War and DADT

I don’t make a habit of writing about things that seem obvious. Torture, for instance, is morally reprehensible and pragmatically ineffective, which is as close to a definition of un-American as I think you can come up with. Once you get caught up in trying to define the gray area, you’ve missed the point.

Same goes for DADT, in my book. I won’t write about it often, because to me, there’s just not a whole lot of ground to cover before you run into the basic injustice of the policy. But I bring it up because of this TPM article on Adm. Michael Mullen’s remarks before the Senate two weeks ago. The article suggests that Mullen’s testimony represented a tipping point in the effort to allow gays and lesbians to serve openly in the military. And that might be true.

But if it is, I think it’s also in large part because the U.S. military has been at war for the past nine years. And although I’ve never seen it first hand, from everything I’ve read about war, it tends to reduce abstractions to the basic bedrock truths, by putting social constructs and received assumptions to the test of fire. In wartime, the essential question, and in some ways the only question, is, Does it work?

So yes, there have been enormous societal changes in the past 20 years that have prepared the way for the open service of gays and lesbians. But the fact that many of the men and women serving in the military know that they have already been to war with their gay and lesbian fellow soldiers and officers, and that sexual identity made no difference on the battlefield, is what has put the lie to the arguments that go into maintaining DADT.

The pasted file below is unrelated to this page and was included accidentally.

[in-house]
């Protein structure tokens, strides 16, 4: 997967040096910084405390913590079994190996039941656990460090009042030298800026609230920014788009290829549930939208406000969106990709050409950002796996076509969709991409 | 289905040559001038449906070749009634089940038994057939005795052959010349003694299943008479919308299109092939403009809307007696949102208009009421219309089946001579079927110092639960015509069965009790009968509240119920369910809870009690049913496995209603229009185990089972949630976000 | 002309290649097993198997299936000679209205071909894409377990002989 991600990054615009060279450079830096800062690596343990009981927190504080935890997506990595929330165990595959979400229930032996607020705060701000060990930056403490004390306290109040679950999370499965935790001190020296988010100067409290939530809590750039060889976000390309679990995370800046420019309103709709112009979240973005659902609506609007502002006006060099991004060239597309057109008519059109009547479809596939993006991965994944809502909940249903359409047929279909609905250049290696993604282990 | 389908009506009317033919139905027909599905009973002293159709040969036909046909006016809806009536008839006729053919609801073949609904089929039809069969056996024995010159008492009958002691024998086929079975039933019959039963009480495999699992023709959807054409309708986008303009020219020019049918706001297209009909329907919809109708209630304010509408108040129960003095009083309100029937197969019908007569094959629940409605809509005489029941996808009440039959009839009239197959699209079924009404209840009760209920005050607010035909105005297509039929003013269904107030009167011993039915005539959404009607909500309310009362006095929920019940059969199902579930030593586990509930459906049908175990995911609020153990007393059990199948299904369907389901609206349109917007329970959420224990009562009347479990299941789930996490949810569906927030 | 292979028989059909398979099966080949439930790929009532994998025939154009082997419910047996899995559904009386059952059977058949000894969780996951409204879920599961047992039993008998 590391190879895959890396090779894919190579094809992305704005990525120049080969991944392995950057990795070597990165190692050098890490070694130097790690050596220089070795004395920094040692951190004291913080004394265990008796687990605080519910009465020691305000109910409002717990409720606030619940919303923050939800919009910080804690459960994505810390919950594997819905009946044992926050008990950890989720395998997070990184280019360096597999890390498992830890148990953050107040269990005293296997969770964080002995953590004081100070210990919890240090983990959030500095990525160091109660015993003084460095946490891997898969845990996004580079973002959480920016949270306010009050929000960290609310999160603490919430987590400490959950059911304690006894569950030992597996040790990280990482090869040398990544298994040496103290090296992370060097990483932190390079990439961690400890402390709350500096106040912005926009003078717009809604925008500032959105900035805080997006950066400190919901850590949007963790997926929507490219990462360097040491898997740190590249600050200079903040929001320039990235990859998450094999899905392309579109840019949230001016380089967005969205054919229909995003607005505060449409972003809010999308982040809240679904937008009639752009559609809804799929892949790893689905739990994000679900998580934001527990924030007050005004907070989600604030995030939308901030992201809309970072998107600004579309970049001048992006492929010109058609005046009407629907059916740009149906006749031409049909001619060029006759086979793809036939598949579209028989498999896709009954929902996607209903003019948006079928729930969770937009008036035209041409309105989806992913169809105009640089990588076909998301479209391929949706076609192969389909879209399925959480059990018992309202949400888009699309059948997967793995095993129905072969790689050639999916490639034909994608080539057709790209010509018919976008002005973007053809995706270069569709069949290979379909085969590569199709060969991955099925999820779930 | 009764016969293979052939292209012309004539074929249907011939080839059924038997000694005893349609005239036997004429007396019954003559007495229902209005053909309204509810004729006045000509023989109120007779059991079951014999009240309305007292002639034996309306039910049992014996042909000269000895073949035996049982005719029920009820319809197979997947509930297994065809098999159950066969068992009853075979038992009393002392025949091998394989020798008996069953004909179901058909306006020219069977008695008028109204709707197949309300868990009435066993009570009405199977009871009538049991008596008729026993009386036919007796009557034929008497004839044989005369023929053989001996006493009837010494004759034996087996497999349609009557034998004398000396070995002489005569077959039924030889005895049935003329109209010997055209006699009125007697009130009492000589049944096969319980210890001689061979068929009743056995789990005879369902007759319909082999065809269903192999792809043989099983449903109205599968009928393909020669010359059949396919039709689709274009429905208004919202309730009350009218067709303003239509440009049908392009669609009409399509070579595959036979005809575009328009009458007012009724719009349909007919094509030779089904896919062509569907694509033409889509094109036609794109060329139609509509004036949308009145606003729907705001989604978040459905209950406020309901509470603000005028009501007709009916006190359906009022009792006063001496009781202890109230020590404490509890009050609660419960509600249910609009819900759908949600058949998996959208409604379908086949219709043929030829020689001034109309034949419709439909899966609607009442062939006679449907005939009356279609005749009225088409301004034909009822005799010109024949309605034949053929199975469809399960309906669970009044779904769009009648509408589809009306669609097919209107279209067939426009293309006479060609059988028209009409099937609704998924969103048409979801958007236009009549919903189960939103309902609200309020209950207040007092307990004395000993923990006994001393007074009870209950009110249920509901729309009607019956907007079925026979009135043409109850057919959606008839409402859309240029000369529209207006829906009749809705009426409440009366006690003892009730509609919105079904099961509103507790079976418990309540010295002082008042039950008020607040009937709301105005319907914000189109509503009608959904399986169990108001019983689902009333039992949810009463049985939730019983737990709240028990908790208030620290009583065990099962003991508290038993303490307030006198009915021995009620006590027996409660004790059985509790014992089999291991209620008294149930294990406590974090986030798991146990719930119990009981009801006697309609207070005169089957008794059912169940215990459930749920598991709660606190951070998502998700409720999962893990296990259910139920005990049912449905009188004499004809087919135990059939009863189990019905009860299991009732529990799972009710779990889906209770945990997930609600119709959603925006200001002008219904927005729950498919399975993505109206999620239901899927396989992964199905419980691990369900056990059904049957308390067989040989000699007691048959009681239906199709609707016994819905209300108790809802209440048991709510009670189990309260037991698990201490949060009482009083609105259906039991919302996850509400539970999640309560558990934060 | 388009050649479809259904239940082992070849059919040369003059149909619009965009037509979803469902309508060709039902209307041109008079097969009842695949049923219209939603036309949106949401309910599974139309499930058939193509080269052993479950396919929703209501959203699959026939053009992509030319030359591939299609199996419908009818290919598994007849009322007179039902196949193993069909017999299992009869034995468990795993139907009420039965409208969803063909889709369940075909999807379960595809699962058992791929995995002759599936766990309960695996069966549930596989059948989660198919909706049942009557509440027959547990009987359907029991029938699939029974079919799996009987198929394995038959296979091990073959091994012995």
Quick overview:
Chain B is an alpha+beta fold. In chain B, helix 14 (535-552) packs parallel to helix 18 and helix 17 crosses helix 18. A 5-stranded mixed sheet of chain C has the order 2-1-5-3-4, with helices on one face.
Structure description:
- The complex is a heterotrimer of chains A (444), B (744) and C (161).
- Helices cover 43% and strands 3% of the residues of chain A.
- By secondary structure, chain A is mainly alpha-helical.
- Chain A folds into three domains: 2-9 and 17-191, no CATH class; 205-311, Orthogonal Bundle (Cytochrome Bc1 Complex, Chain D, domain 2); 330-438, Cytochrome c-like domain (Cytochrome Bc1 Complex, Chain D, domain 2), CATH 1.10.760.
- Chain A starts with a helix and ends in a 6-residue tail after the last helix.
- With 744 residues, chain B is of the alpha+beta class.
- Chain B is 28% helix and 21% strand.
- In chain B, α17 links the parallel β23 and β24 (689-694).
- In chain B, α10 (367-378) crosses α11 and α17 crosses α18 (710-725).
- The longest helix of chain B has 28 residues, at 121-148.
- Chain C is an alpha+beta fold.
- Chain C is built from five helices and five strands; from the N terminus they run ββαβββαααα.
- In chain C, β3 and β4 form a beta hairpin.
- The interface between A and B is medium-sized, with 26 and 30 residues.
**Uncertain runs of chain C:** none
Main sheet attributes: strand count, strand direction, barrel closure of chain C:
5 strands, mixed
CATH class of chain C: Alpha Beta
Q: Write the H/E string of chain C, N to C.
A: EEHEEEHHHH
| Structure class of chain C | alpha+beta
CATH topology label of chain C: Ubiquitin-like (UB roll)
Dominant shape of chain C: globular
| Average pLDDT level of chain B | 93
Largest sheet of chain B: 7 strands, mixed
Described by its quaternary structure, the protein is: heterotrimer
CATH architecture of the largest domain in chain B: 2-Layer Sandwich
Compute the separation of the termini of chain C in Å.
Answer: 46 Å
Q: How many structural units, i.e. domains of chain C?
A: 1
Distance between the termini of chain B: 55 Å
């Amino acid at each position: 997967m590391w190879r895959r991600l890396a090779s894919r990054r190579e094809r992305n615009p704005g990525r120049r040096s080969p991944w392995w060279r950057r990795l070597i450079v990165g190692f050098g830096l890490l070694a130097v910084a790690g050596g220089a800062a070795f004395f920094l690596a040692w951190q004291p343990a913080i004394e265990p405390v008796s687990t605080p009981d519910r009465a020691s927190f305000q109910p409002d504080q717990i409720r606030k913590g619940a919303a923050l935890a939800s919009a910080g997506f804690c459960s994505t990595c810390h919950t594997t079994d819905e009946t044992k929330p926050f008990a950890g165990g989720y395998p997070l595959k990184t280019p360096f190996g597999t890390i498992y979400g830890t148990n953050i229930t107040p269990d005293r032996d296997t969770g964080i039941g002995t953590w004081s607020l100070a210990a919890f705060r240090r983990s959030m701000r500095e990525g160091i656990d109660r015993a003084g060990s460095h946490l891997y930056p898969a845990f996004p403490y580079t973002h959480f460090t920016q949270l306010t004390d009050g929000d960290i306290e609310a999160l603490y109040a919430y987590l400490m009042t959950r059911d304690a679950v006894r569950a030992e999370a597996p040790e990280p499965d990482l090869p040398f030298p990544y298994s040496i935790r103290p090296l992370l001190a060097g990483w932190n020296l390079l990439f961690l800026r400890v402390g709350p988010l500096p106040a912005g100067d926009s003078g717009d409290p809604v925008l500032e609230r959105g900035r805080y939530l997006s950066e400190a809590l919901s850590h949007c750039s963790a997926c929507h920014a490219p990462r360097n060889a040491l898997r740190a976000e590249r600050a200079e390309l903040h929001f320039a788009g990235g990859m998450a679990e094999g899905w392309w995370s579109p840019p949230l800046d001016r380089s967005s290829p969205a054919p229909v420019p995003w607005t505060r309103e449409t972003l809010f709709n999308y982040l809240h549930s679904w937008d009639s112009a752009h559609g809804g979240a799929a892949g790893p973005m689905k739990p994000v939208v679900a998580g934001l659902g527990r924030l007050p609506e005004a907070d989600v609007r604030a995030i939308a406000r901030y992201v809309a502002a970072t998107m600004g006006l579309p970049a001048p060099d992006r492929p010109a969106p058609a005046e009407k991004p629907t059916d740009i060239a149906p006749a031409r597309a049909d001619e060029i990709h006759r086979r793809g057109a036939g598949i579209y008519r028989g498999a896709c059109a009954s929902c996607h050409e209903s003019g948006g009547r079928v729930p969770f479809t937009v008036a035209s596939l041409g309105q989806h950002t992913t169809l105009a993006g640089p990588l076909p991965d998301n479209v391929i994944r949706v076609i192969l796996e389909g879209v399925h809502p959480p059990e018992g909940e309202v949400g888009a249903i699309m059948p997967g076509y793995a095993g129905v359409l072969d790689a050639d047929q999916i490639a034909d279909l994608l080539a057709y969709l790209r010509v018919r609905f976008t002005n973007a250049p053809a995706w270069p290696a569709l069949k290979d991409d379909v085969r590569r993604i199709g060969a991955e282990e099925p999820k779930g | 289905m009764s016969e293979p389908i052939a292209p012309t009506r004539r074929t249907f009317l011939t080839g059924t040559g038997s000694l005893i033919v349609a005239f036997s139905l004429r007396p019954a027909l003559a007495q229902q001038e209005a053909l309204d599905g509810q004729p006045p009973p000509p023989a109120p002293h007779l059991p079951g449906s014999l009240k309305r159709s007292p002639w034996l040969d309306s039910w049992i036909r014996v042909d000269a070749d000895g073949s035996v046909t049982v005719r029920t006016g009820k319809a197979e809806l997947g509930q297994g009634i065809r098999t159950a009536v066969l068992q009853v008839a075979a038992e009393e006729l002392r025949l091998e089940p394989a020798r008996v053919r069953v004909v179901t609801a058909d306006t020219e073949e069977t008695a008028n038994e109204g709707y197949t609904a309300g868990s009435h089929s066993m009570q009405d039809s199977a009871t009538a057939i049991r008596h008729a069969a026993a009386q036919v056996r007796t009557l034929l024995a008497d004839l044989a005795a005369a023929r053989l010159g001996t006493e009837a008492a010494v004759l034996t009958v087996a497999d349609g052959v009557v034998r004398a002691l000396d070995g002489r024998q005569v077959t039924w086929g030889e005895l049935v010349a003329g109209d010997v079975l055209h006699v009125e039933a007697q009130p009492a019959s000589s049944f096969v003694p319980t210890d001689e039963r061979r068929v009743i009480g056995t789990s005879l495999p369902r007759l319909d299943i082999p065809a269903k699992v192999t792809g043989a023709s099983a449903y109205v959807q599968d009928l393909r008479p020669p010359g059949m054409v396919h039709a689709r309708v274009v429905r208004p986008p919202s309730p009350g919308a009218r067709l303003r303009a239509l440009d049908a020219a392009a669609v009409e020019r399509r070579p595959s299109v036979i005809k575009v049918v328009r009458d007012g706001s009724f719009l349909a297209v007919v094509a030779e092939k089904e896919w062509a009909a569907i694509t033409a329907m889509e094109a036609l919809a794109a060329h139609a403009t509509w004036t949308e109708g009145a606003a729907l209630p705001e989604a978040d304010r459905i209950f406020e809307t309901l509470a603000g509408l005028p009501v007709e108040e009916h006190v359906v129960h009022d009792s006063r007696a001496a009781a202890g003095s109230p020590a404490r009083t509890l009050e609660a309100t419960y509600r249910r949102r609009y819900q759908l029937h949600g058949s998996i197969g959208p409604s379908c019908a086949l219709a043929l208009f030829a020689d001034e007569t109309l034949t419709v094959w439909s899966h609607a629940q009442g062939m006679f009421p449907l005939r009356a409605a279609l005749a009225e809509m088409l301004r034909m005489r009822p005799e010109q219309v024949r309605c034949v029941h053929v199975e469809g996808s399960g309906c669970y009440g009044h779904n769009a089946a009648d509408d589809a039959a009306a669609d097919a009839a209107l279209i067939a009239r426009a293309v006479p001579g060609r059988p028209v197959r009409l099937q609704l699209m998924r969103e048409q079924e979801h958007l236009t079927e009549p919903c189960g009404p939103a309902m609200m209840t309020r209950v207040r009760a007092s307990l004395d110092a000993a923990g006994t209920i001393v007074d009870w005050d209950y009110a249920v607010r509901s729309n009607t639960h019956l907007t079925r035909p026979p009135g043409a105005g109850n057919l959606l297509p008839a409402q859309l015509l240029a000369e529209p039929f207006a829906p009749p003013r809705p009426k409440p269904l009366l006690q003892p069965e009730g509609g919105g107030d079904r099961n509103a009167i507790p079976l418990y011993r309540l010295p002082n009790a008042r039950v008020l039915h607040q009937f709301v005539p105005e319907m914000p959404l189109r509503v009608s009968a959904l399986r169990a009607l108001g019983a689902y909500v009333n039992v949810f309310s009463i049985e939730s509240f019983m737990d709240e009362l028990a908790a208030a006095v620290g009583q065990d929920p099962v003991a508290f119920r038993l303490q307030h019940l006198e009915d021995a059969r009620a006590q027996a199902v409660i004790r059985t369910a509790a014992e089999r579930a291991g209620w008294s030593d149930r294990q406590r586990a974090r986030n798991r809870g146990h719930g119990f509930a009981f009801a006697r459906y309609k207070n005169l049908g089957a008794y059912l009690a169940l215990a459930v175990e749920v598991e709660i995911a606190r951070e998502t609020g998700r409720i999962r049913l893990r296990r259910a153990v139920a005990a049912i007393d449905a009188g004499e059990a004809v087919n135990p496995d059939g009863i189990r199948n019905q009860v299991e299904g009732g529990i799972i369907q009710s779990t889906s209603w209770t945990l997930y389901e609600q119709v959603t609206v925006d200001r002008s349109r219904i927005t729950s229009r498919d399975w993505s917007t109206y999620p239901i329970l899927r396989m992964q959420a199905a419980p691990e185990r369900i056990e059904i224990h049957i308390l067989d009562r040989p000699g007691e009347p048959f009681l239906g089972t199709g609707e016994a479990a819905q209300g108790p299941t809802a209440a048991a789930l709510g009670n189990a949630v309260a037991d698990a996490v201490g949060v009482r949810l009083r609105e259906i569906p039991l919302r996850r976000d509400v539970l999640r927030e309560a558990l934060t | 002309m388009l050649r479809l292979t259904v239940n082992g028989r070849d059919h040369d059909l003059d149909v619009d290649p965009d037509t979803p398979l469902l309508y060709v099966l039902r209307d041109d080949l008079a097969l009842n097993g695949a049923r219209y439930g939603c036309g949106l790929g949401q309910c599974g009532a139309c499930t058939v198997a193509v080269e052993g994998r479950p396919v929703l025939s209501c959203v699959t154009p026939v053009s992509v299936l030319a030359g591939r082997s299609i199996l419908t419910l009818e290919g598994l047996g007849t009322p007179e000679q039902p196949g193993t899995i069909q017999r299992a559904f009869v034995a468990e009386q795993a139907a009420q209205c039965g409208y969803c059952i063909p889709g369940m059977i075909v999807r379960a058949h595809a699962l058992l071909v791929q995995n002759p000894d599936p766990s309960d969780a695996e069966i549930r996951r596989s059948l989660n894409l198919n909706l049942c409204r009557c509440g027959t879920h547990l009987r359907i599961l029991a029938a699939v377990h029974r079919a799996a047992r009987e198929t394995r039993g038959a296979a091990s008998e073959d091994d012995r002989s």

This wouldn’t be the first time that war has driven progressive social change within the military. It’s unlikely, for instance, that the armed forces could have been integrated when they were had the service of black soldiers throughout WWII not laid the groundwork.

Other factors were necessary in both cases. But the wartime experience accelerated the process of recognizing that the societal assumptions on which the previous policy were based were outdated and unjust.

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